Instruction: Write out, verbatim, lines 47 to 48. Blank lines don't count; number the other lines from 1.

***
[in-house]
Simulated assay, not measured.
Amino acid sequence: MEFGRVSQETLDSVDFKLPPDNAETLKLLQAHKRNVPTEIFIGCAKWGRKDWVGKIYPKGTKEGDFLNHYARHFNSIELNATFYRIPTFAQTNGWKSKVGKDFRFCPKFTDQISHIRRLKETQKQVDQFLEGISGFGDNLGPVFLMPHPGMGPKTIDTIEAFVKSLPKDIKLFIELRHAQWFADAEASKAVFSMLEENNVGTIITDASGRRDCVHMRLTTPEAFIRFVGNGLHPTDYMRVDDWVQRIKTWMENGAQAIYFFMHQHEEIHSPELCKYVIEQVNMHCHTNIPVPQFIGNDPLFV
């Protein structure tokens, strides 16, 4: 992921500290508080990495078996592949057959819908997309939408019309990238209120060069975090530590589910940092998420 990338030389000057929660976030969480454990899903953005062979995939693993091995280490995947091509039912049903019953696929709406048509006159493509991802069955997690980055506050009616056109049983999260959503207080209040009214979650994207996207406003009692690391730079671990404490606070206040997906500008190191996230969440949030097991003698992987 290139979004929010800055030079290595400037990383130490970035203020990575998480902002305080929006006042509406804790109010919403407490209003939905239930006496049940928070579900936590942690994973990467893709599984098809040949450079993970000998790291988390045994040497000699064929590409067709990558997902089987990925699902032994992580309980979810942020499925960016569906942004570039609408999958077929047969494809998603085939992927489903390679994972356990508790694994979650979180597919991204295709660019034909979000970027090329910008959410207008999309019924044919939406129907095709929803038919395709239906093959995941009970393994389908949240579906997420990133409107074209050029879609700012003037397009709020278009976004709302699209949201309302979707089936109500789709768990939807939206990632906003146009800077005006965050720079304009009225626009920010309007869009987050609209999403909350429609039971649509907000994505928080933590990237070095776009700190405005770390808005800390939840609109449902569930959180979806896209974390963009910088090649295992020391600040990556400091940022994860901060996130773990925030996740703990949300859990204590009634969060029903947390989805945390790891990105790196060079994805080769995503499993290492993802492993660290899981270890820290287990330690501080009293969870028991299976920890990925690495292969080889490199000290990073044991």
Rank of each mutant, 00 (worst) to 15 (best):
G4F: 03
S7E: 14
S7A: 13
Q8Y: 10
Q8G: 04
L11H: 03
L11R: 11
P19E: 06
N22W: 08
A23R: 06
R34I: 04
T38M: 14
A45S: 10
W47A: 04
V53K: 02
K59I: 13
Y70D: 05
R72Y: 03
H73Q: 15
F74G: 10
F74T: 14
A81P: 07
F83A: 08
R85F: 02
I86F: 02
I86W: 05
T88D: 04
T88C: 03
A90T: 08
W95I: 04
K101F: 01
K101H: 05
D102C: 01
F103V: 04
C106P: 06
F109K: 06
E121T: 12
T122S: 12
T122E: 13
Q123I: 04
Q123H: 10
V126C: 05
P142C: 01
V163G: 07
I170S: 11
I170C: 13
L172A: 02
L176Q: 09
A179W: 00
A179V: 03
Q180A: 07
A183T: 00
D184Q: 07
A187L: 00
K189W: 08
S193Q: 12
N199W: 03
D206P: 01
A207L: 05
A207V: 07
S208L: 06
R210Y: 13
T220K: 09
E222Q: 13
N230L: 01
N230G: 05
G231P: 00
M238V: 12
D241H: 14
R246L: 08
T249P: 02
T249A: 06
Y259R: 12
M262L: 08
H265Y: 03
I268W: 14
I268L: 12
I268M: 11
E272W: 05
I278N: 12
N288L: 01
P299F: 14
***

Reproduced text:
V126C: 05
P142C: 01